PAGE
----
bc Latest News & Events

  • October 31, 2017
    Martin Scorsese’s Film School Talk – Europe ‘51

    Time: 2017.10.31. (Tue) 7:00pm-10:00pm 
    Venue: Broadway Cinematheque 1/F 

    Europe ‘51

    Director: Roberto Rossellini
    Writers: Roberto Rossellini、Sandro De Feo、Mario Pannunzio、Ivo Perilli、Brunello Rondi
    Cinematographer: Aldo Tonti
    Starring: Ingrid Bergman, Alexander Knox, Ettore Giannini

    1952/ B&W/ 118 mins/Italian in English Subtitles

    Ingrid Bergman plays a wealthy, self-absorbed Rome socialite racked by guilt over the shocking death of her young son. As a way of dealing with her grief and finding meaning in her life, she decides to devote her time and money to the city’s poor and sick. Her newfound, single-minded activism leads to conflicts with her husband and questions about her sanity. The intense, often overlooked Europe ’51 was, according to Rossellini, a retelling of his own The Flowers of St. Francis from a female perspective. This unabashedly political but sensitively conducted investigation.

  • October 26, 2017
    Young talk – Oriole’s Song

    Date: Oct 26 (Thu)
    Time: 7:00pm
    Venue: 1/F Broadway Cinematheque
    Speakers: Shu Kei, Daniel Chan

  • September 28, 2017
    Young talk – Belle of Penang

     

    Date: Sep 28 (Thu)
    Time: 7:00pm
    Venue: 1/F Broadway Cinematheque
    Speakers: Wong Chi-Wah, Shu Kei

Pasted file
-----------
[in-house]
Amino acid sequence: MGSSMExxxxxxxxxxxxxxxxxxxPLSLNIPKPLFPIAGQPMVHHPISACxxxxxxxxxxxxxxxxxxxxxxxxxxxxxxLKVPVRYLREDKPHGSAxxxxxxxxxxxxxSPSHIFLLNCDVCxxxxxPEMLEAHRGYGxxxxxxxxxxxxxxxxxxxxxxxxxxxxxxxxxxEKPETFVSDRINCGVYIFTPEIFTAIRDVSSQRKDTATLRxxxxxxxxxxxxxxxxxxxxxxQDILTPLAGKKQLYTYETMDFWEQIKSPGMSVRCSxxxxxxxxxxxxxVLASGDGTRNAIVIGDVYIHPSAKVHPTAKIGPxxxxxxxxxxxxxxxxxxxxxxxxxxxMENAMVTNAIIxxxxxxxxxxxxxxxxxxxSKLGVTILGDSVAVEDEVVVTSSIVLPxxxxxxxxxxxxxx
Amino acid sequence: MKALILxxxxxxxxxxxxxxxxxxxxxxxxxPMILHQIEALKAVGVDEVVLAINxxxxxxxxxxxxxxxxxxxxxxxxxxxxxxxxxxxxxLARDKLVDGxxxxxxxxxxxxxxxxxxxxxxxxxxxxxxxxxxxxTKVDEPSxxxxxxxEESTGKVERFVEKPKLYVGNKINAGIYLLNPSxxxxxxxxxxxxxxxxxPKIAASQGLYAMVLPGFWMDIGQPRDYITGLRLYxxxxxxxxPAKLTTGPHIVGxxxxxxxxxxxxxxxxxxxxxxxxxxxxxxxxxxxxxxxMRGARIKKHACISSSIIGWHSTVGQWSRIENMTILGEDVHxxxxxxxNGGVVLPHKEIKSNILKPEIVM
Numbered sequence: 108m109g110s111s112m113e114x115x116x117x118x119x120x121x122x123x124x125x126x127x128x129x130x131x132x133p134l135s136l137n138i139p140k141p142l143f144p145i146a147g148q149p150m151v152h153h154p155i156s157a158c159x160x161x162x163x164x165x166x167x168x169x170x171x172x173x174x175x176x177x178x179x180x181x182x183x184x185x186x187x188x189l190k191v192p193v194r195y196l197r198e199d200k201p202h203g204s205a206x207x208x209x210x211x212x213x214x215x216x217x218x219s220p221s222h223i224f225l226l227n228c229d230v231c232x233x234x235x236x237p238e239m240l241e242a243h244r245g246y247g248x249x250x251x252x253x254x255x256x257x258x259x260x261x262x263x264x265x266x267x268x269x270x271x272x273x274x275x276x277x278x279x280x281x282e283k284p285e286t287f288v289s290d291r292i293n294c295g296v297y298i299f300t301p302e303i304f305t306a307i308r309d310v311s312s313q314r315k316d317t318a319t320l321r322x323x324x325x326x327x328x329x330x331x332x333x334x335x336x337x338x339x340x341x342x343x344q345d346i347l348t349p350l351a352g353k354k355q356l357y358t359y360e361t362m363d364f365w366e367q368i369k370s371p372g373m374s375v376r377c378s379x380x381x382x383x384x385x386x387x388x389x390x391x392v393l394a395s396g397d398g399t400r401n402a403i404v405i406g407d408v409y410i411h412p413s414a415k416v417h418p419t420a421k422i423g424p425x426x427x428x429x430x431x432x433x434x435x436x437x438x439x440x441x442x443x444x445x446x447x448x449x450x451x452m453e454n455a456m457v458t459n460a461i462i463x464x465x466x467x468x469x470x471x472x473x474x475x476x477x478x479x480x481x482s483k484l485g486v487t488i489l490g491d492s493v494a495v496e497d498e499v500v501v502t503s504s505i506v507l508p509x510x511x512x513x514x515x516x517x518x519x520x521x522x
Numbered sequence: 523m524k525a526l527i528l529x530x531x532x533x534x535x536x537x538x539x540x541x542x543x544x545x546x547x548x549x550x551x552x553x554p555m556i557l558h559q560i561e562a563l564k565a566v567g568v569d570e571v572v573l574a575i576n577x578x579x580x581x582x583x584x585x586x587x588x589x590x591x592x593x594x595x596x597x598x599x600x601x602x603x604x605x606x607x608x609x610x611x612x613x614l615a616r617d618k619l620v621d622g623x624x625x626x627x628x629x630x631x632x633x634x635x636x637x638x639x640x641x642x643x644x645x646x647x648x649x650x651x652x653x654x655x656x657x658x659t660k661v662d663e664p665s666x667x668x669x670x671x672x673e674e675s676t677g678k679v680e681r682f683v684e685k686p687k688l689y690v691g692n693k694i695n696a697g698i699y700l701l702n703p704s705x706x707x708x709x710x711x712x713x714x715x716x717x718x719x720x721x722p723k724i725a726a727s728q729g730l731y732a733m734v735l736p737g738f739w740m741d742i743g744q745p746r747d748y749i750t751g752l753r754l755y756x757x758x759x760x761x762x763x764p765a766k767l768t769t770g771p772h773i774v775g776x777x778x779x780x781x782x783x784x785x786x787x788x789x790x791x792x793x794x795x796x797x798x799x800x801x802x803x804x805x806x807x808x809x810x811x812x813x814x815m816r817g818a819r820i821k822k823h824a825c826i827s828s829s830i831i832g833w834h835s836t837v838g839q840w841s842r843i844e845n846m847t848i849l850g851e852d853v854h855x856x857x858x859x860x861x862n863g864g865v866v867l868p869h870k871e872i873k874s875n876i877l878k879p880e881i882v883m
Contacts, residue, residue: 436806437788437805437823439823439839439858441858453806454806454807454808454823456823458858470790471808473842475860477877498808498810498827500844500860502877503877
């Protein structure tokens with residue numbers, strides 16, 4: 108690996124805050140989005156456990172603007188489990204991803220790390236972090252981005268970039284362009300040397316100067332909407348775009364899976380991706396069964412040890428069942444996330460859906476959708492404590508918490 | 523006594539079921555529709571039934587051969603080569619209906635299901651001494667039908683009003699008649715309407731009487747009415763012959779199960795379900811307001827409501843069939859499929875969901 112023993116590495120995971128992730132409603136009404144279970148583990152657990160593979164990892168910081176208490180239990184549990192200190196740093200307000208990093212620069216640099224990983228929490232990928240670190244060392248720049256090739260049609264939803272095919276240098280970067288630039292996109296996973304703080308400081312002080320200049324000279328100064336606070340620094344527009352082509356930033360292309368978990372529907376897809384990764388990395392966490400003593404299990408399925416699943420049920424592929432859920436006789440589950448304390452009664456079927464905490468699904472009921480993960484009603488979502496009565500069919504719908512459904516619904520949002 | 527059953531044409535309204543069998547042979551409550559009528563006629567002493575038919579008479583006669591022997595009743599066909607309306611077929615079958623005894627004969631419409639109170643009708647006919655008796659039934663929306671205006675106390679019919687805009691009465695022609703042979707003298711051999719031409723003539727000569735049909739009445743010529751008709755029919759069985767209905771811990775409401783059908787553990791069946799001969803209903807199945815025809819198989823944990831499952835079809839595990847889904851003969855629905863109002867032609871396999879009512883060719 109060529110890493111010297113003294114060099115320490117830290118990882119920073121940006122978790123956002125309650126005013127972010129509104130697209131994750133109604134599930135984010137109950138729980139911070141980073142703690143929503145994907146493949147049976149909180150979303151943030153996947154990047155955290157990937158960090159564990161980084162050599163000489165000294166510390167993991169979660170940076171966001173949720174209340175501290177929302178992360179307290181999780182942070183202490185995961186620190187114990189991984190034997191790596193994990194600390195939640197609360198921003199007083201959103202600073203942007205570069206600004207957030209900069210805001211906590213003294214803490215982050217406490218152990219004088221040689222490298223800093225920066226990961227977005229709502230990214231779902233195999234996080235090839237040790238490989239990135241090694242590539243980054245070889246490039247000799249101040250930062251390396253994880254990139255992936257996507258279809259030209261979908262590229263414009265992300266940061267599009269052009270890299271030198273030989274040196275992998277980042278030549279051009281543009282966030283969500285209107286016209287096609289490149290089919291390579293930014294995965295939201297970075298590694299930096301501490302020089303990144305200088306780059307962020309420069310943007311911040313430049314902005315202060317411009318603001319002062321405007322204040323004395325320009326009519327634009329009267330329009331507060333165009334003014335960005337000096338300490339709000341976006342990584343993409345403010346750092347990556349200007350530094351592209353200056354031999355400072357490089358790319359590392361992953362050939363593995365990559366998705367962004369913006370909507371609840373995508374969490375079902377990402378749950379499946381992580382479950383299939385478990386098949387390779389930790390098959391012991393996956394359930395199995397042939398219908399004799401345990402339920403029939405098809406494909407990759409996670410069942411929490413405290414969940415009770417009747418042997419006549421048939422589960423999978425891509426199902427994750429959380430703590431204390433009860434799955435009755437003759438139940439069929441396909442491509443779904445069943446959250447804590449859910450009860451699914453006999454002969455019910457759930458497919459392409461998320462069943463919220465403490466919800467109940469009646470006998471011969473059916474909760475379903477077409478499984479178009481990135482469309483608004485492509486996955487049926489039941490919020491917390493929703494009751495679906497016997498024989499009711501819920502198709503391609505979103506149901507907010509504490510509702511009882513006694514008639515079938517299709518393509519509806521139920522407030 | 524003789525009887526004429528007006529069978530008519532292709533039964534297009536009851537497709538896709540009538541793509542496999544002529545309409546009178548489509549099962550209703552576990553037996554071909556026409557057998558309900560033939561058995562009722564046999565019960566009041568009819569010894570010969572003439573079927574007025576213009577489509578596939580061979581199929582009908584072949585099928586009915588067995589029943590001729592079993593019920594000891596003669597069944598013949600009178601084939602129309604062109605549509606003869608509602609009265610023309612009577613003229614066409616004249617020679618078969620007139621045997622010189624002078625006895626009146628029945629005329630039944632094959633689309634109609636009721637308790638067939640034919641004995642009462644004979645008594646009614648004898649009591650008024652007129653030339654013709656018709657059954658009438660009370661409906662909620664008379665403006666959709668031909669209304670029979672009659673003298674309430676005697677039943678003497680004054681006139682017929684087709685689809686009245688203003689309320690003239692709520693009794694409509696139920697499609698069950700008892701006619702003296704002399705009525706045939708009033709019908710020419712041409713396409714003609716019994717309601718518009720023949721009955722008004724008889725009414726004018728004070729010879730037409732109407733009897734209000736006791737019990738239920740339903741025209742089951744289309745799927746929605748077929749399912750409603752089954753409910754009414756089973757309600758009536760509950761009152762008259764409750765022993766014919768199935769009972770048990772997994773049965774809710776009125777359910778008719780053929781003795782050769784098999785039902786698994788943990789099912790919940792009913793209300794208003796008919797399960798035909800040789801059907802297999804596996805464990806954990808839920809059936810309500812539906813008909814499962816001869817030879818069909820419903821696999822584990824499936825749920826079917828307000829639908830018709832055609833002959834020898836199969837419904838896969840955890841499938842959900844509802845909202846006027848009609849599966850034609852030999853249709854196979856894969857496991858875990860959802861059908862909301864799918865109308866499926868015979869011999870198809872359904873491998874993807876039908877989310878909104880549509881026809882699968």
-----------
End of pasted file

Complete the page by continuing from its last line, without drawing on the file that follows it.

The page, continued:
bc Archive

  • ' Private Lessons '
    — Joachim Lafosse

    In what is possibly his darkest film to date, the Belgian filmmaker Joachim Lafosse tells a drama that revolves around the conflict between a vulnerableadolescent tennis prodigy and a manipulative adulttutor.Lafosse confronts the issue of child abuse head-on and delivers one of cinema’s most thought-provoking and uncompromising studies in human frailty in recent years. The intelligent screenplay and direction are superbly complemented by strong central performances from the two actors,in particular Jonas Bloquetwho is remarkable in his first screen role.

     

     

  • ' 500 Days of Summer '
    — 馬克·韋布

    She loves you. Truly. But not forever. That is what Tom has to come to terms with. Writing copies for greeting cards, the aspiring architect Tom finds his everlasting love when Summer shows up at work as his boss’ assistant. As hinted in the title, their story lasts for not more than 500 days. What’s more important though, is the journey and not the destination, right? That how Marc Webb thinks anyway, and that’s why he chooses to tell us the story in a shuffled order. It is not confusing; it is nothing by honest, because that’s how remembrance works. Marc Webb’s debut is an absolute charmer.

     

     

  • ' Don’t Move '
    — Sergio Castellitto

    A distinctly deglamourized Penélope Cruz gives one of her bravest performances as a destitute woman who has an affair with a married man. As top surgeon Timoteo watches his colleagues battle to save his teenage daughter who is seriously injured in a road accident, his mind flashes back to the sweltering summer when he met Italia, a tramp living on a building site, and their illicit romance. Timoteo has almost nothing in common with Italia, and yet he’s drawn to her, and the film captures well how lust slowly blossoms into affection. He promises Italia he’ll make the final split with his wife, but then fate strikes, with tragedy close behind…

  • ' Soundless Wind Chime '
    — Kit Hung